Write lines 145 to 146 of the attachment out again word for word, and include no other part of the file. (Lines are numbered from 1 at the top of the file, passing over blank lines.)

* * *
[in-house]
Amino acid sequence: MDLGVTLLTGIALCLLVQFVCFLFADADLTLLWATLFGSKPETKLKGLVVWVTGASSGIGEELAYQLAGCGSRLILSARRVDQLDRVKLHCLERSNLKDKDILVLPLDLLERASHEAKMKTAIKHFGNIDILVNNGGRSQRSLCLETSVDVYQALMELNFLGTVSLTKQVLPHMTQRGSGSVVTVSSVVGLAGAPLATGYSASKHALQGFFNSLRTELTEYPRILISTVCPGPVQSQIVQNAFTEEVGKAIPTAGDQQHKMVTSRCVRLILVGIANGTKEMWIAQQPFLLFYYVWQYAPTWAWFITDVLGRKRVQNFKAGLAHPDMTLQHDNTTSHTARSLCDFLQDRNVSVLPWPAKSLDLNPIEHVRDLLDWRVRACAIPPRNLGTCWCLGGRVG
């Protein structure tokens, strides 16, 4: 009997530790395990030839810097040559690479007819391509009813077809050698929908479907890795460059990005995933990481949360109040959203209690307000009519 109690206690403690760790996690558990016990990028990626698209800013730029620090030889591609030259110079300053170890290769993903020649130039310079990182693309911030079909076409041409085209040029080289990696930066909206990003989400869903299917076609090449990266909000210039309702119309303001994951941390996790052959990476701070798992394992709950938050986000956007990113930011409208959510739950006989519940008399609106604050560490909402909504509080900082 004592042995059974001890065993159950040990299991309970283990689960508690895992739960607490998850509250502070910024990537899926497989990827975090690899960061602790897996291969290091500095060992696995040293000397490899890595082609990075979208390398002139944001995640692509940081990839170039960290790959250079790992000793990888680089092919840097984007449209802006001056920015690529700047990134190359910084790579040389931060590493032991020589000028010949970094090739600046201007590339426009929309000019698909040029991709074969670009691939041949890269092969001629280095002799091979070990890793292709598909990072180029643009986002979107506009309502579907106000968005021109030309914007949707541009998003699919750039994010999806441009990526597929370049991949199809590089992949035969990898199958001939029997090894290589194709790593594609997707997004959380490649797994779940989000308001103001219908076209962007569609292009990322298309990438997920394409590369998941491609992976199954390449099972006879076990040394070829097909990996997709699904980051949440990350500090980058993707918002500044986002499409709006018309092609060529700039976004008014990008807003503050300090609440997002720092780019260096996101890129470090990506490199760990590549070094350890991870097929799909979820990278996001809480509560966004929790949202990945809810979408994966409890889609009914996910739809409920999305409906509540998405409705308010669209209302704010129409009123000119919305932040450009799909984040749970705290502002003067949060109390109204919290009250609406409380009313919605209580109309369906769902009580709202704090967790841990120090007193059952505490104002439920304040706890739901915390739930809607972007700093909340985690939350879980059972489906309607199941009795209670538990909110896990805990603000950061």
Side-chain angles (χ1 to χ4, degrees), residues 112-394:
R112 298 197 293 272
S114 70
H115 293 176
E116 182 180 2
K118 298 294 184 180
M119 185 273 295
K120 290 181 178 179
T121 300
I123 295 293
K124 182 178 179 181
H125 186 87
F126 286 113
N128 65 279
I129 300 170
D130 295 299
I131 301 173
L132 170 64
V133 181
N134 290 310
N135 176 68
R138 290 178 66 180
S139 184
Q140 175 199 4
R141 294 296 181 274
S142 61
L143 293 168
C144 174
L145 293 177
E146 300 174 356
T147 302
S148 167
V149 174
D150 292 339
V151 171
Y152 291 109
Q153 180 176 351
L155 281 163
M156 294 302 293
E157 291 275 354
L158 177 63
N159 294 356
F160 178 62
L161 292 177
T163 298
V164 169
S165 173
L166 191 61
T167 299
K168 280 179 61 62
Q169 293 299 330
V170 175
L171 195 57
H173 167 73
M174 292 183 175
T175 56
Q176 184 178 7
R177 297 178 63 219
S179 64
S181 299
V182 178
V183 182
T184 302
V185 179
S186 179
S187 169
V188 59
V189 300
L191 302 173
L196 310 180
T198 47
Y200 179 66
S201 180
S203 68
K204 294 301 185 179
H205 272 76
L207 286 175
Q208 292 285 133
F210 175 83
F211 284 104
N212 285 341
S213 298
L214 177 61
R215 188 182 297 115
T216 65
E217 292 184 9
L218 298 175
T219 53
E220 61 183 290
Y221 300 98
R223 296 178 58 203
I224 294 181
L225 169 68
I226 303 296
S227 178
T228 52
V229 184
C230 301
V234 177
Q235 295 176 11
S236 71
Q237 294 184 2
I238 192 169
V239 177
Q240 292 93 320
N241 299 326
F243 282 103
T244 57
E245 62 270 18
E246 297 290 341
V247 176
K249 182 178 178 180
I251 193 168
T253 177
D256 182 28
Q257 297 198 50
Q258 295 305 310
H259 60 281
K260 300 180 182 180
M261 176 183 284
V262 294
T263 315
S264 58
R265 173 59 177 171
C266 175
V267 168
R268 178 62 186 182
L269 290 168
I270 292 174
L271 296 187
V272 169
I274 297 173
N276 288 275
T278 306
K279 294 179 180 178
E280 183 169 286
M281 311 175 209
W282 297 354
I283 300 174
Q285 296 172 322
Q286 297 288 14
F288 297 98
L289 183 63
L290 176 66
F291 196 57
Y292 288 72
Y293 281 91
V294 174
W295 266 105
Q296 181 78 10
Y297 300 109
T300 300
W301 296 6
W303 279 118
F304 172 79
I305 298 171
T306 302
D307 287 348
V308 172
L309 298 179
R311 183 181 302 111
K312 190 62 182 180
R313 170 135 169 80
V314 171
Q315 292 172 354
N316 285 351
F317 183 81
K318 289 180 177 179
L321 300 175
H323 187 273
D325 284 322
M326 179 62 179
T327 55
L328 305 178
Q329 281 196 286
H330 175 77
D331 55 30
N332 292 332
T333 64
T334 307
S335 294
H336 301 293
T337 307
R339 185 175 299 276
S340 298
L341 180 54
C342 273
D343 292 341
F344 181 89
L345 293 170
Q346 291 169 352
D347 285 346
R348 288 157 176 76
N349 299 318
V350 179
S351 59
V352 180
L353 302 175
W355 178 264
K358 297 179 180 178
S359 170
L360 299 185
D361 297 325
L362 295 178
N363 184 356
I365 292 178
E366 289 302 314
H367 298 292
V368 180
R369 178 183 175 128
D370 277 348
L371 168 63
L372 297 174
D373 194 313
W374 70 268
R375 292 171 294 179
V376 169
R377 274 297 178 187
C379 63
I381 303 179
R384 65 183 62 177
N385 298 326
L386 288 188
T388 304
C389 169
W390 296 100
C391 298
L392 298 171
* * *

F288 297 98
L289 183 63